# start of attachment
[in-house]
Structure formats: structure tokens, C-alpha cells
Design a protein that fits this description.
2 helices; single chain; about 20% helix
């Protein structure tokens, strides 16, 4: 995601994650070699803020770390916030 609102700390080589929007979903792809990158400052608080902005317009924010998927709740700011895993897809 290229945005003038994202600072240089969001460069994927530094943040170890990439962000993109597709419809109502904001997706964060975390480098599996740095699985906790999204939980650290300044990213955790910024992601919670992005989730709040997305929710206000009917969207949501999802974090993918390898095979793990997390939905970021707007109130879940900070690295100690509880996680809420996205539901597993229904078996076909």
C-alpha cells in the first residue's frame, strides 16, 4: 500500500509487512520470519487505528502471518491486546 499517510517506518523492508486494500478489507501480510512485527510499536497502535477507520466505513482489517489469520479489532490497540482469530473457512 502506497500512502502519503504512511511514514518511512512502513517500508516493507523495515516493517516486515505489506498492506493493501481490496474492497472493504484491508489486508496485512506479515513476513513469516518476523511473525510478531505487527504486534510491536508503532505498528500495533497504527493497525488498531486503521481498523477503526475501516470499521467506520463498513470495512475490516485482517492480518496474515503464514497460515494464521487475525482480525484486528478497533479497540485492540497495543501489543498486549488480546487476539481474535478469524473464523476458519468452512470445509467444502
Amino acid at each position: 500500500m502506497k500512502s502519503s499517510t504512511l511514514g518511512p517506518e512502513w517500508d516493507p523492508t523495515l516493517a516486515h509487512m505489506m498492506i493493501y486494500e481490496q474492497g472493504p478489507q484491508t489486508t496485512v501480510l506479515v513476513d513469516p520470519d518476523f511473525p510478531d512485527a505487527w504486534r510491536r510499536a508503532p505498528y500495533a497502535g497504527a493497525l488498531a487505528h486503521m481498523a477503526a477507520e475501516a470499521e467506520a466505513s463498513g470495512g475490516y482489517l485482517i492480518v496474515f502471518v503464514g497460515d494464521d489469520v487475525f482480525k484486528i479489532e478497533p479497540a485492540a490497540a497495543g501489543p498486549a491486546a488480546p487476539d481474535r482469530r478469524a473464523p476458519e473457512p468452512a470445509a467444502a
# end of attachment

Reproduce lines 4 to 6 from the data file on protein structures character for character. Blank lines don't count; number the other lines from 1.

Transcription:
2 helices; single chain; about 20% helix
């Protein structure tokens, strides 16, 4: 995601994650070699803020770390916030 609102700390080589929007979903792809990158400052608080902005317009924010998927709740700011895993897809 290229945005003038994202600072240089969001460069994927530094943040170890990439962000993109597709419809109502904001997706964060975390480098599996740095699985906790999204939980650290300044990213955790910024992601919670992005989730709040997305929710206000009917969207949501999802974090993918390898095979793990997390939905970021707007109130879940900070690295100690509880996680809420996205539901597993229904078996076909």
C-alpha cells in the first residue's frame, strides 16, 4: 500500500509487512520470519487505528502471518491486546 499517510517506518523492508486494500478489507501480510512485527510499536497502535477507520466505513482489517489469520479489532490497540482469530473457512 502506497500512502502519503504512511511514514518511512512502513517500508516493507523495515516493517516486515505489506498492506493493501481490496474492497472493504484491508489486508496485512506479515513476513513469516518476523511473525510478531505487527504486534510491536508503532505498528500495533497504527493497525488498531486503521481498523477503526475501516470499521467506520463498513470495512475490516485482517492480518496474515503464514497460515494464521487475525482480525484486528478497533479497540485492540497495543501489543498486549488480546487476539481474535478469524473464523476458519468452512470445509467444502